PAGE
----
Saturday, January 25, 2014

Preludes & Fugues: Playlist for January 24, 2014


 

Gouldian Kit

By  Lucie Brock-Broido  

 

What makes you think I’m an eccentric, he said, in London

 

To the rag of the reporters who had gathered to report

 

On his eccentricities — the tin sink light enough for traveling, but

 

Deep enough to swallow his exquisite hands in water filled with ice.

 

 

A budgerigar accompanies, perched atop the fugue of Hindemith.                                

 

                                 You are trembling now like the librarian reading

 

                                 To herself out loud in her Arctic room

Composed entirely of snow.

A broadcast (high fidelity) bound by the quiet of the land and

The Mennonite who told him

                                We are in this world, but are not of this world,

 

You see. From the notebook of  your partial list of symptoms, phobias:

 

 

Fever, paranoia, polio (subclinical), ankle-foot phenomenon,

 

The possibility of  bluish spots. Everything one does is fear

Not being of this world or in this world enough.

                                There is no world I know, without some word of   it.
 
REFLECTIVE MUSIC: Sonata in G by Domenico Scarlatti
 

 
Introit & Fugue

By  D. Nurkse  
 

After death, my father  

 

practices meticulously  

 

until the Bach is seamless,  

 

spun glass in a dream,  

 

you can no longer tell  

 

where the modulations are,  

 

or the pedal shifts

 

or the split fingerings . . .

 

 

if he rests

 

it’s to wind the metronome  

 

or sip his cup of ice . . .

 

 

but who is the other old man  

 

in the identical flannel gown,  

 

head cocked, listening

 

ever more critically,

 

deeper in the empty room?
 
REFLECTIVE MUSIC: Prelude & Fugue in E-flat by J.S. Bach
 
Prelude
Richard Aldington

How could I love you more?
I would give up
Even that beauty I have loved too well
That I might love you better.
Alas, how poor the gifts that lovers give
I can but give you of my flesh and strength,
I can but give you these few passing days
And passionate words that, since our speech began,
All lovers whisper in all ladies' ears.

I try to think of some one lovely gift
No lover yet in all the world has found;
I think: If the cold sombre gods
Were hot with love as I am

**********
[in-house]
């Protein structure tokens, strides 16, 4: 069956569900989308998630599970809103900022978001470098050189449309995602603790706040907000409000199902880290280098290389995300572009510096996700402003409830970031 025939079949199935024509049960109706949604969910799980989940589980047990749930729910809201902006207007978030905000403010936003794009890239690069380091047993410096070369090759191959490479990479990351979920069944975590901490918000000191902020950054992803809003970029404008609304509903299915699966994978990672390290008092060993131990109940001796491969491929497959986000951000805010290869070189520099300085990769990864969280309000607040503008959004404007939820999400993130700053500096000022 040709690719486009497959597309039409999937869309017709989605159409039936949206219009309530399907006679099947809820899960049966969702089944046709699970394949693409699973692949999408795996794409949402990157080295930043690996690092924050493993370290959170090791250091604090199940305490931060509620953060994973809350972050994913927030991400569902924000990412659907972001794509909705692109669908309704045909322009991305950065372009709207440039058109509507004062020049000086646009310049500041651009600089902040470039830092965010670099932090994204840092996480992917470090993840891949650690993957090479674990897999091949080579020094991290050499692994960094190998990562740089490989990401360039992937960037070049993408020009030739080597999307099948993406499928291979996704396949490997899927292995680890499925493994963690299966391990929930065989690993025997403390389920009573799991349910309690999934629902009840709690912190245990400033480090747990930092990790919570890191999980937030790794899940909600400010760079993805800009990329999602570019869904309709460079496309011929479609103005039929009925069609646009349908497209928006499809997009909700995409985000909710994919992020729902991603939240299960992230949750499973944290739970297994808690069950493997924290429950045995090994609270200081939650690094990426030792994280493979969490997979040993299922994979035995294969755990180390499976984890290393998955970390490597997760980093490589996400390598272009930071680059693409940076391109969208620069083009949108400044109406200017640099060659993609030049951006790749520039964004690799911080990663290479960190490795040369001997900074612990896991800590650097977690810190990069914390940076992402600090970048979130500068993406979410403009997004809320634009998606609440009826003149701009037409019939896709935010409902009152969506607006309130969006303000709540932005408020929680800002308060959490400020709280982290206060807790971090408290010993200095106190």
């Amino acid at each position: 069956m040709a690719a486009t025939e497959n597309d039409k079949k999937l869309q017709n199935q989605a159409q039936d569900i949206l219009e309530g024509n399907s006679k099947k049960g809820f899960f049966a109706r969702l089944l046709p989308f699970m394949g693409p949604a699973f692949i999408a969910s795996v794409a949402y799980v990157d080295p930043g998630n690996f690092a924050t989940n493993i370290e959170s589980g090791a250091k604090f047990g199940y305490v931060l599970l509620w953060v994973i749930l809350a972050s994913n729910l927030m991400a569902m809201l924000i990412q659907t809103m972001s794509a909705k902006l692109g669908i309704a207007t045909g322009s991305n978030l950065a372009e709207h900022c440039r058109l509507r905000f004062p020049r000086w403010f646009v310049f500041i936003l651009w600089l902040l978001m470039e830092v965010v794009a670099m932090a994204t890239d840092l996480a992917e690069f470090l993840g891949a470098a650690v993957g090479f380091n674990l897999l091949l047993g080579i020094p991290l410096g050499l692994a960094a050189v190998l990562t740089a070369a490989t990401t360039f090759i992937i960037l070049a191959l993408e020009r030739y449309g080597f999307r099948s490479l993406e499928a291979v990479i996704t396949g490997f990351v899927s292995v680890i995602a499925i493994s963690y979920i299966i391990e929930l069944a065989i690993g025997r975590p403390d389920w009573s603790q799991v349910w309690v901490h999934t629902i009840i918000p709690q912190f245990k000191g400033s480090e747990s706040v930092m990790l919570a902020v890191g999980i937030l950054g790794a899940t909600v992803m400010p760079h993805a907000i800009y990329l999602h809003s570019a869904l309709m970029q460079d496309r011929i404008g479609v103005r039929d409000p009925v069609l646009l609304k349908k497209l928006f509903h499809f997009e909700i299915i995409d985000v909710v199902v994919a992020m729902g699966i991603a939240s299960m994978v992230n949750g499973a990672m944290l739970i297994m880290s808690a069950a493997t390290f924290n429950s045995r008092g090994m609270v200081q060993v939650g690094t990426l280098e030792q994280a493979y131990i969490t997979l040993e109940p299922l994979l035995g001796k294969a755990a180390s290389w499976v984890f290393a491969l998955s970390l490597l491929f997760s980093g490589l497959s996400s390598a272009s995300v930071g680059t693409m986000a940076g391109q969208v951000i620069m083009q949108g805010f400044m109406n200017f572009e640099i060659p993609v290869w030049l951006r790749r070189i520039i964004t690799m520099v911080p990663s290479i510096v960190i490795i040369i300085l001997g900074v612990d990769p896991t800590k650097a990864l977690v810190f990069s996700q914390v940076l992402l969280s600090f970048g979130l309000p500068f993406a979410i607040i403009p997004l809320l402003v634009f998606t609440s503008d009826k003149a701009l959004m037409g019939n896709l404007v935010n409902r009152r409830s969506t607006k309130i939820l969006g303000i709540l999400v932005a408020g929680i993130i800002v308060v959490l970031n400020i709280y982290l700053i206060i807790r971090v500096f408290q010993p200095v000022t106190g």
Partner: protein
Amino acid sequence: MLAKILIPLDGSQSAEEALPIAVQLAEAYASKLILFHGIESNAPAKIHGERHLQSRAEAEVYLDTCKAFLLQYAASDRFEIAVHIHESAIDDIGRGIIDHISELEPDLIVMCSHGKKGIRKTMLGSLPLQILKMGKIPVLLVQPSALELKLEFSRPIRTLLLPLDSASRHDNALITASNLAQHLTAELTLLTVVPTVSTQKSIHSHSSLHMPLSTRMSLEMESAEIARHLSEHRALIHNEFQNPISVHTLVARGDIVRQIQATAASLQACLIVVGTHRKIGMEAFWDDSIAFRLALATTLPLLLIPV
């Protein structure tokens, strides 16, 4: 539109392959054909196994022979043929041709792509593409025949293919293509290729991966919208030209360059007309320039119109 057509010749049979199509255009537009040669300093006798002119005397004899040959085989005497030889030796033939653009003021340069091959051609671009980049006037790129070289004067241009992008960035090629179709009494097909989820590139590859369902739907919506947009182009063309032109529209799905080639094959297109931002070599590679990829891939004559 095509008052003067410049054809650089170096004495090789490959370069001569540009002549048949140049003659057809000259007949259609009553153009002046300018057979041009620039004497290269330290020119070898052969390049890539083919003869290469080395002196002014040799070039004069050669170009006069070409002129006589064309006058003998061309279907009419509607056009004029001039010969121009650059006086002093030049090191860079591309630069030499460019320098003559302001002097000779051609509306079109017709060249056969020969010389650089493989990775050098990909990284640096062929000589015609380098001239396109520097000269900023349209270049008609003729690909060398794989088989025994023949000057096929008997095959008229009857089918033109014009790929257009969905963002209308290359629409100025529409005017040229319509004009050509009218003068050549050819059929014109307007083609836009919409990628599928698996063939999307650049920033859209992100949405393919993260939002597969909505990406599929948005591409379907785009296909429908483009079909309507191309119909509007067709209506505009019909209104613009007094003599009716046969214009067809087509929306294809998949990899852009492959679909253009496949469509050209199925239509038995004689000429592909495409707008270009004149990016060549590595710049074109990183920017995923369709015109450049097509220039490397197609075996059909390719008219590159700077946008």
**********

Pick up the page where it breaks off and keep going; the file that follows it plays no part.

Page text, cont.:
Could they not endow you with a star
And fix bright youth for ever in your limbs?
Could they not give you all things that I lack?

You should have loved a god; I am but dust.
Yet no god loves as loves this poor frail dust.
REFLECTIVE MUSIC: Prelude & Liebestod from Tristan und Isolde by Richard Wagner
 
 

Not the Song, but After

By  Nicholas Friedman  

 

Now everywhere the pageantry of youth

 

      is on display:

 

The squeal of bike chains spinning through the gray

 

     plays fugue to puddle-froth;

 

 

The punctual blitz of hyacinths in April

 

     ushers spring

 

with lavender dripped from the upturned wing

 

     of wind-swept Gabriel.

 

 

A youngish pair walks wired at the arms—

 

     she casually ribbing

 

him, he lightly brushing her breast, jibbing

 

     their step to spare the worms

 

 

stranded along the road. Too soon, their laughter

 

     rises and goes

 

drifting toward silence. And now the young man knows

 

     love’s not the song, but after—

 

 

like the mute, remembered chorus of the rain

 

     that stains the walk

 

long after falling, or the lifeless stalk

 

     still hoisting its head of grain.

 

 

Uneasy now, she loosens from his hand.

 

     Their dark familiars

 

stare back, reflected by the passing cars,

 

     with speechless reprimand.

 

 

Before the chill, each chartered hell grows hotter,

 

     yet every burn

 

will teach him how to run—and how to turn

 

     her wine back into water.
 
REFLECTIVE MUSIC: Prelude No.13 in F-sharp major by Frederic Chopin
 
Fugue  Howard Nemerov
You see them vanish in their speeding cars,
The many people hastening through the world,
And wonder what they would have done before
This time of time speed distance, random streams
Of molecules hastened by what rising heat?
Was there never a world where people just sat still?

Yet they might be all of them contemplatives
Of a timeless now, drivers and passengers
In the moving cars all facing to the front
Which is the future, which is destiny,
Which is desire and desire's end -
What are they doing but just sitting still?

And still at speed they fly away, as still
As the road paid out beneath them as it flows
Moment by moment into the mirrored past;
They spread in their wake the parading fields of food,
The windowless works where who is making what,
The grey towns where the wishes and the fears are done.
REFLECTIVE MUSIC: Prelude, Chorale & Fugue by Cesar Franck


 

 

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